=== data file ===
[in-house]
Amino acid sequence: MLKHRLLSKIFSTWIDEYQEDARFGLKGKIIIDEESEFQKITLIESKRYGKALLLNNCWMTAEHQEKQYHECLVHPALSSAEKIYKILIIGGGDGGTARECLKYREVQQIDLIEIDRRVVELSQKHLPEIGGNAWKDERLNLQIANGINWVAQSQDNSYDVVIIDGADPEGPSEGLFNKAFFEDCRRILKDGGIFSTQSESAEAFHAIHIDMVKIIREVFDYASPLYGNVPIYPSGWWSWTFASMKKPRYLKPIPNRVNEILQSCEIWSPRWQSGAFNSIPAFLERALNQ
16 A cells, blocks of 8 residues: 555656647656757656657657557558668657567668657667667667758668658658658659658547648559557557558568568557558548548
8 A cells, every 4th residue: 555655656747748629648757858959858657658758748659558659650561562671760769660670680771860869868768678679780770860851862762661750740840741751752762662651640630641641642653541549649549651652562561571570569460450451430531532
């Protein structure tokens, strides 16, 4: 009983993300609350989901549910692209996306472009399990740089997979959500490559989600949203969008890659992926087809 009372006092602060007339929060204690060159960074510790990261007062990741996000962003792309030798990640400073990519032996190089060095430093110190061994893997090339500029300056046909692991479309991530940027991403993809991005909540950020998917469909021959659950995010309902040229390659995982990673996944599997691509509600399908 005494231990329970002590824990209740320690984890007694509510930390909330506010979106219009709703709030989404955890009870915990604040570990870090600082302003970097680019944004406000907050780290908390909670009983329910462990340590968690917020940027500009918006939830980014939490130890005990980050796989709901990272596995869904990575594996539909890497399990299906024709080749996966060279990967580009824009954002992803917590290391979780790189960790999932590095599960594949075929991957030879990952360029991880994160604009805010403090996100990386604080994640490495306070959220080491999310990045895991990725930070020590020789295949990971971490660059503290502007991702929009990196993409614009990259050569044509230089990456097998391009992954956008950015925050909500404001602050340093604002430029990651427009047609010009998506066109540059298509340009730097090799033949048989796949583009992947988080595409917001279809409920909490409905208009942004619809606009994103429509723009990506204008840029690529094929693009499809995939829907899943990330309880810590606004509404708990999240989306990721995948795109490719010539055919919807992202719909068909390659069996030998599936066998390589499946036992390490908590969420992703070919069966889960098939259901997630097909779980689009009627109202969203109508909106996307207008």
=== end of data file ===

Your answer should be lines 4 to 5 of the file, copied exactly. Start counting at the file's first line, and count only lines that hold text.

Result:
8 A cells, every 4th residue: 555655656747748629648757858959858657658758748659558659650561562671760769660670680771860869868768678679780770860851862762661750740840741751752762662651640630641641642653541549649549651652562561571570569460450451430531532
């Protein structure tokens, strides 16, 4: 009983993300609350989901549910692209996306472009399990740089997979959500490559989600949203969008890659992926087809 009372006092602060007339929060204690060159960074510790990261007062990741996000962003792309030798990640400073990519032996190089060095430093110190061994893997090339500029300056046909692991479309991530940027991403993809991005909540950020998917469909021959659950995010309902040229390659995982990673996944599997691509509600399908 005494231990329970002590824990209740320690984890007694509510930390909330506010979106219009709703709030989404955890009870915990604040570990870090600082302003970097680019944004406000907050780290908390909670009983329910462990340590968690917020940027500009918006939830980014939490130890005990980050796989709901990272596995869904990575594996539909890497399990299906024709080749996966060279990967580009824009954002992803917590290391979780790189960790999932590095599960594949075929991957030879990952360029991880994160604009805010403090996100990386604080994640490495306070959220080491999310990045895991990725930070020590020789295949990971971490660059503290502007991702929009990196993409614009990259050569044509230089990456097998391009992954956008950015925050909500404001602050340093604002430029990651427009047609010009998506066109540059298509340009730097090799033949048989796949583009992947988080595409917001279809409920909490409905208009942004619809606009994103429509723009990506204008840029690529094929693009499809995939829907899943990330309880810590606004509404708990999240989306990721995948795109490719010539055919919807992202719909068909390659069996030998599936066998390589499946036992390490908590969420992703070919069966889960098939259901997630097909779980689009009627109202969203109508909106996307207008």